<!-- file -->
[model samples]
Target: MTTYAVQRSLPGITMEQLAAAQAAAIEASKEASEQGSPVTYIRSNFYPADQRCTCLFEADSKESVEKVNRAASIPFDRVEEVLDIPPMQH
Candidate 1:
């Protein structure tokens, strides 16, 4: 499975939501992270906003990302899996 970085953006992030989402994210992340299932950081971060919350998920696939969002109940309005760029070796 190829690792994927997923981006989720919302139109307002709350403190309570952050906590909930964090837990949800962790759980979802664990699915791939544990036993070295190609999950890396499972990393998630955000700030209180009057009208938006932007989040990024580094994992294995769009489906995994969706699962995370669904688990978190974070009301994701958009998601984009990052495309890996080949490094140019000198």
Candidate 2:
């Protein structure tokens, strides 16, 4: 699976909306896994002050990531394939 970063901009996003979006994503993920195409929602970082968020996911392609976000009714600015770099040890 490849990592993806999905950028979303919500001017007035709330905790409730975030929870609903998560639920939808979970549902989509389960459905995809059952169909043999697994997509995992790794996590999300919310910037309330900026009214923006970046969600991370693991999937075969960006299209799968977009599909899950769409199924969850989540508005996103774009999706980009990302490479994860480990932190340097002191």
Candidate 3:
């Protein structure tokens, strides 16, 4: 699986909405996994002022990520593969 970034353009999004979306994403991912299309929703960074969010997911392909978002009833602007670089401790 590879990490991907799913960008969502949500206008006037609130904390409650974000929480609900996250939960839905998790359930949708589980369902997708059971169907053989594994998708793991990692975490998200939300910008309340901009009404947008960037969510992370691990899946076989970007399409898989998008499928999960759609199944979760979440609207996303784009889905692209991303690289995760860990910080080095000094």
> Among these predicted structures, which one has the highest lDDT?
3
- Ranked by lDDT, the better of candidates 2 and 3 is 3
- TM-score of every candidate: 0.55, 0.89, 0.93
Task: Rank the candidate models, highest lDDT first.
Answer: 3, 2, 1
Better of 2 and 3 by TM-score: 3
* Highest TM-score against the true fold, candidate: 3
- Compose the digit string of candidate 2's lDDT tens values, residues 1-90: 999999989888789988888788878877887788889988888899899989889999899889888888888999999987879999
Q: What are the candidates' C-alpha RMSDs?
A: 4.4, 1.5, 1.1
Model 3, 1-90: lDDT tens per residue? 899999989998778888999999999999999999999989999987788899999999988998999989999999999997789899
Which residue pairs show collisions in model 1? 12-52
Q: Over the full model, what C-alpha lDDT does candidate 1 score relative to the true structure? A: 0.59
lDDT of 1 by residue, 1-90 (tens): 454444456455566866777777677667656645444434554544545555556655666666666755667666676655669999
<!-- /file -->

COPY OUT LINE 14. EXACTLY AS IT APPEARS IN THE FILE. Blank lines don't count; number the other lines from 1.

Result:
Answer: 3, 2, 1